Hi kids!  The Five coming back at ya’ with another hair-raising blog from the heart of the Trinity Art Collective!  It’s been a helluva heat-wave here in the Old Pueblo, and sometimes people can become downright cantankerous or unwilling to travel to a shop in the hot conditions.  Well, these scenarios can present a number of SNAFUs that could be easily avoided.  By dint of sweet serendipity, here we offer you, the faithful tattooed masses, an inside look and testimonial from industry professionals that could assist in keeping communication with your intended artist or artists and have you coming out the other side of your experience without a “kick-me” sign…written in your own hand.

We’ve all seen any number of horrible TV, cinema and media examples of Joe Coolguy walking into a tattoo establishment with his chest puffed out and most alpha behaviors on public display.  Perhaps you’re one of the lucky ones that have seen such things in person…in either case, the scene is an awkward one, usually culminating in someone painting themselves in a less-than-favorable light.  Much of this sort of faux-pas is caused by assumptions about how to communicate with your tattoo artist.  So, grab your popcorn, because the science is about to be dropped.

Let’s start by stating the obvious…the tattoo biz is NOTHING like it was 40 years ago.  From the techniques to the technicians, everything has been evolving.  Tattooing, as it happens, is now considered to be a legitimate art form and it’s practitioners are to be regarded as Artists.  I’ll tell you from personal experience, someone asking me if I’m “also an artist as well as tattooing” or “what else I do” is an infuriating line of inquiry.  To someone who’s been tattooing longer than most of his clients have been off sippy-cups, to even accidentally suggest that this is somehow a hobby or second job is generally insulting.  If you get tattooed by someone with a fantastic reputation and impressive body of work, you’re dealing with an artist who likely commits 80 or more hours a week to their craft.  Ever heard of an 80 hour part-time position?  Neither have I.  We tattoo.  There are people who tattoo as a hobby or in a part-time capacity, but to be honest, this artist has never seen one worth their salt.  Tattooing is a full-time commitment of constant learning and improvement, and you simply can’t  juggle that on your off-hours from WalMart.   The vanishing “old-guard” of our industry has given way to a new direction.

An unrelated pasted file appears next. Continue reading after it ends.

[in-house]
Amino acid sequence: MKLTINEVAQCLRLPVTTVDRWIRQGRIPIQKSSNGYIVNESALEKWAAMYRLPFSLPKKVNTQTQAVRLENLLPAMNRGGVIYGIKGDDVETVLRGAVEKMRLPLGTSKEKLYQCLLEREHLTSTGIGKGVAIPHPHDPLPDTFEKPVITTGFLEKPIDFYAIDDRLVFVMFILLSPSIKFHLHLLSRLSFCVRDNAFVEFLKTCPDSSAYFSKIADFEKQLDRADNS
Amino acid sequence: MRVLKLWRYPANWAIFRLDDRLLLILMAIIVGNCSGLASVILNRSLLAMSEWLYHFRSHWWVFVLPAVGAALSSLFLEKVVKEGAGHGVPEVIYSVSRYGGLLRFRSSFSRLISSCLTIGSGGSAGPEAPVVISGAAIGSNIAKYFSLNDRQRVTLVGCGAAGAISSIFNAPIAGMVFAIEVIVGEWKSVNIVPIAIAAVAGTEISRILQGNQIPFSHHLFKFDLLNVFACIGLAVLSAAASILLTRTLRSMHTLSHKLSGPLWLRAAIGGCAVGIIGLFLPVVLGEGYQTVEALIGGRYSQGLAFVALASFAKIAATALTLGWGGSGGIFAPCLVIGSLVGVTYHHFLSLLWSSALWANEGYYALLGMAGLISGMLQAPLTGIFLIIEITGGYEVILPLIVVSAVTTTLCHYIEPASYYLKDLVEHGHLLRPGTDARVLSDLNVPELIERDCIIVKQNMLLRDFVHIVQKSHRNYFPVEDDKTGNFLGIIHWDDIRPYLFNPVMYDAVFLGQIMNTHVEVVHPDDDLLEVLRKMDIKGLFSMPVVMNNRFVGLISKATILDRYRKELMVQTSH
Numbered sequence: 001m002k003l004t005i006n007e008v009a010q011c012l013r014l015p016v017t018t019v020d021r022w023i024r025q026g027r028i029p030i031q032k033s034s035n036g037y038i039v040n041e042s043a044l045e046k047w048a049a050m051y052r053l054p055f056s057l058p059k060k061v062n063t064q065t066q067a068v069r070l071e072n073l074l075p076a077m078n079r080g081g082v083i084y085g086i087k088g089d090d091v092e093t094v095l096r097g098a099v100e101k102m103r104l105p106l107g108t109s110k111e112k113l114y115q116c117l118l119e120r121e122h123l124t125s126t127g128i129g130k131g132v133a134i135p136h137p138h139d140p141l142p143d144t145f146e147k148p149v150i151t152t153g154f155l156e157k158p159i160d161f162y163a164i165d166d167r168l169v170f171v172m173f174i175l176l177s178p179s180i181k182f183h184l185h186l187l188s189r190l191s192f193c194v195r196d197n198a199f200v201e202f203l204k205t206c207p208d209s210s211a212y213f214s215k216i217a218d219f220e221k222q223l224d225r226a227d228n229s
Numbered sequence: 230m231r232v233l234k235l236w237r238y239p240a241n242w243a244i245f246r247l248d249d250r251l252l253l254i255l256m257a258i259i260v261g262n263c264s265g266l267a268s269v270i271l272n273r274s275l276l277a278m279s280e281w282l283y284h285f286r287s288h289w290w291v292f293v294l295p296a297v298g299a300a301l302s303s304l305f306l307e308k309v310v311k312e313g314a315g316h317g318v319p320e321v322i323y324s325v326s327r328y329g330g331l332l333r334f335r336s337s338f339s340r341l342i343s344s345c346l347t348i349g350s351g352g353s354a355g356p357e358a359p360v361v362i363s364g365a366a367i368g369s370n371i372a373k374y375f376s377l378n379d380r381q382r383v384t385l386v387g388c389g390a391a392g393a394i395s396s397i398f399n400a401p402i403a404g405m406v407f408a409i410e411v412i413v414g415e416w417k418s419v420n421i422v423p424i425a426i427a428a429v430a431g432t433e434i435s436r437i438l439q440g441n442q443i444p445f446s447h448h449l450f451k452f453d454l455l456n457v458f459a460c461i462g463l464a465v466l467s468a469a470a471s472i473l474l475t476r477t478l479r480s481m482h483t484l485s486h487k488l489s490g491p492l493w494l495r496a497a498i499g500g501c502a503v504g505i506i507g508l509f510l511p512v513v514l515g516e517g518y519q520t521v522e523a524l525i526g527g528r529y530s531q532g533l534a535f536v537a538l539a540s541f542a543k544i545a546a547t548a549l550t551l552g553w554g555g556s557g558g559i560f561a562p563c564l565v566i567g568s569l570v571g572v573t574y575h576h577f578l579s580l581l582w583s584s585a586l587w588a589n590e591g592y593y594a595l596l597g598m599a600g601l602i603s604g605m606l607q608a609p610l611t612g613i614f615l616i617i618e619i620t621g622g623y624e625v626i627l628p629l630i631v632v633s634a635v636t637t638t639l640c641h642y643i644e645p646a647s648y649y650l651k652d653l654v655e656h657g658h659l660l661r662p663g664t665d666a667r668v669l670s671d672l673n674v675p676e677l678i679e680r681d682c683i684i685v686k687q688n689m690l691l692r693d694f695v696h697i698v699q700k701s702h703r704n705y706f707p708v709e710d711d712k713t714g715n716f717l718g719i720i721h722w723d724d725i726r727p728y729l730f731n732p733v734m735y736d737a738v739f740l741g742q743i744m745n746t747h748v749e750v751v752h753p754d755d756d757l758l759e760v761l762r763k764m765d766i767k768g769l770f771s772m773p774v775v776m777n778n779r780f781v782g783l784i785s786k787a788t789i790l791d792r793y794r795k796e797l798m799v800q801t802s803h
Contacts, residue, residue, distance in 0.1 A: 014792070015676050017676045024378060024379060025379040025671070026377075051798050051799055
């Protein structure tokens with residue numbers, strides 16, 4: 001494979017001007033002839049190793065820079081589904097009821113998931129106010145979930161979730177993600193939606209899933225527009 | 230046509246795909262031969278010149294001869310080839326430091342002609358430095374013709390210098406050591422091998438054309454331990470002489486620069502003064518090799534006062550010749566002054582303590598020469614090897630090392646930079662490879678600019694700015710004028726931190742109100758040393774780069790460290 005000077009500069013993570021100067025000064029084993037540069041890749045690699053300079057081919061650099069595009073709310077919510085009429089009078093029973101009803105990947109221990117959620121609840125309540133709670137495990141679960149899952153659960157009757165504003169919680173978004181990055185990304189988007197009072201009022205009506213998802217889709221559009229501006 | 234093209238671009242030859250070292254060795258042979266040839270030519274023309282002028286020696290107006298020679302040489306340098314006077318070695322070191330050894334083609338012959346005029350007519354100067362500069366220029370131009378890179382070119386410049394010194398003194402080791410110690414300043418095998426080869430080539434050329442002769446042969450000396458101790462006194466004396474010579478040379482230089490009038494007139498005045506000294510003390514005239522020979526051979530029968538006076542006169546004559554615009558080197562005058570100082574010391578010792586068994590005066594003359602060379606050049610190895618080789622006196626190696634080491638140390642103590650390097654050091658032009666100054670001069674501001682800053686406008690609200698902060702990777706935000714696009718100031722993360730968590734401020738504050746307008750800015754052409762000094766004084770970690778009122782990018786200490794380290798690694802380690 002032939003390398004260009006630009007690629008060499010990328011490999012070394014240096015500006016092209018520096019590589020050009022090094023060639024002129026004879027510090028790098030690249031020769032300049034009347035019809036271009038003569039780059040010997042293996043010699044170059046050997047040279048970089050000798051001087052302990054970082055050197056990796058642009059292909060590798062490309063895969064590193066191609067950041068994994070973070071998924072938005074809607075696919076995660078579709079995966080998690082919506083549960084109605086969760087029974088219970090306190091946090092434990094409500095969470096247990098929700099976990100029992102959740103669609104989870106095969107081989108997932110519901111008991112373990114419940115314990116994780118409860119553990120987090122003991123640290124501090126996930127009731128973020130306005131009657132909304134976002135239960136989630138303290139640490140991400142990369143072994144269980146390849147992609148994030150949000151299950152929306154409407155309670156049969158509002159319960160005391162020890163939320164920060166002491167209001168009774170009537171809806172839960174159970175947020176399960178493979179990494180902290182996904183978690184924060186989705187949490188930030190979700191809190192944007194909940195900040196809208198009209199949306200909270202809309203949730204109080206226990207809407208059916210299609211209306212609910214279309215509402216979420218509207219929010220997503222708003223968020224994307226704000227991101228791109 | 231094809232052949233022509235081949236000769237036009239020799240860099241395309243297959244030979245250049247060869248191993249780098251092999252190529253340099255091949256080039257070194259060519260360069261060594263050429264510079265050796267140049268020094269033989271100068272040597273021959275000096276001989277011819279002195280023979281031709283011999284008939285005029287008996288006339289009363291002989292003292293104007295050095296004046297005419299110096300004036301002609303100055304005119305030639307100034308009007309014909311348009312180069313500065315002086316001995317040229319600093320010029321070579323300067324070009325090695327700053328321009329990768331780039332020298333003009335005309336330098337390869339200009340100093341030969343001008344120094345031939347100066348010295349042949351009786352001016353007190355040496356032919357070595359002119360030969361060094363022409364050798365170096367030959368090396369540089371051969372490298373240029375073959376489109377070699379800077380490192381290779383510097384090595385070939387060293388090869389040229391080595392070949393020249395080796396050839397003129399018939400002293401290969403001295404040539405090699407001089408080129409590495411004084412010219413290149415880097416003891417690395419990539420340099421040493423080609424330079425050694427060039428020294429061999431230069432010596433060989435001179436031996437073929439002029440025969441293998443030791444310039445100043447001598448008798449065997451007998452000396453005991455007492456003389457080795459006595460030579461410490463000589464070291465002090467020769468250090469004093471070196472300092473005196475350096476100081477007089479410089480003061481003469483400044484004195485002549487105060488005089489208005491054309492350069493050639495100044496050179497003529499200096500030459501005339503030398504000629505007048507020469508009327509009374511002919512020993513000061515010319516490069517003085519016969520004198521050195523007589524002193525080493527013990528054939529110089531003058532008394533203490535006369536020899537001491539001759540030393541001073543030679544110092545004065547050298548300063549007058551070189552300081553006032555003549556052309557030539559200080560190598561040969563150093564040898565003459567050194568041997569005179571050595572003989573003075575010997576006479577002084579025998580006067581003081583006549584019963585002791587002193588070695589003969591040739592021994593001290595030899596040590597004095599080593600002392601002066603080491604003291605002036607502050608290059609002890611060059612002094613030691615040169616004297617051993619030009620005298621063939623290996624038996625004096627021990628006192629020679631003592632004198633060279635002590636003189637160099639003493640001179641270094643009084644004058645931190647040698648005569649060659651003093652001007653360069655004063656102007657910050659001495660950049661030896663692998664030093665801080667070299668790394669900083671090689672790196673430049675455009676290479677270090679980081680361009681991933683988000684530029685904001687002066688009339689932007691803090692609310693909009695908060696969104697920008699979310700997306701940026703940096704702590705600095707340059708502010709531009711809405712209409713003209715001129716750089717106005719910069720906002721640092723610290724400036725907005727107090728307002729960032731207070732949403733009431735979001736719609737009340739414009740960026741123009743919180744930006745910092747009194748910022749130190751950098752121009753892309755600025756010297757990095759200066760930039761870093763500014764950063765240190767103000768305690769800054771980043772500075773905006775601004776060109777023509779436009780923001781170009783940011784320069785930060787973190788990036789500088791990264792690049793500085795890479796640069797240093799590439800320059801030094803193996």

Words are interesting things, aren’t they?  They can incite and they can soothe.  Please, if you are reading this and remember no other portion of it, remember this:  We do not ‘sling’ anything.  We do not ‘tat-down.’  We do not ‘tat.’  We do not do ‘tats.’  We don’t use ‘guns,’ ‘tat-guns’ or any other ‘gun’ for our art.  We generally don’t know much about strangers, and therefore cannot provide suggestions for what you might want without knowing you.  We can’t give estimates without seeing you physically.  We can’t do tattoos over the phone or via email, so it’s probably best to temper your ‘that-guy’s-a-jerk’ outrage and commentary until you’ve figured out that anything less than a physical visit is not going to turn up much information for you.  I know, it’s hot out, but putting on your big-girl panties and getting some face time with an artist is part of getting tattooed.  In short, suck it up, Buttercup.  Nobody’s figured out how to email your tattoo onto your skin yet.  I’m sure Amazon’s working on it.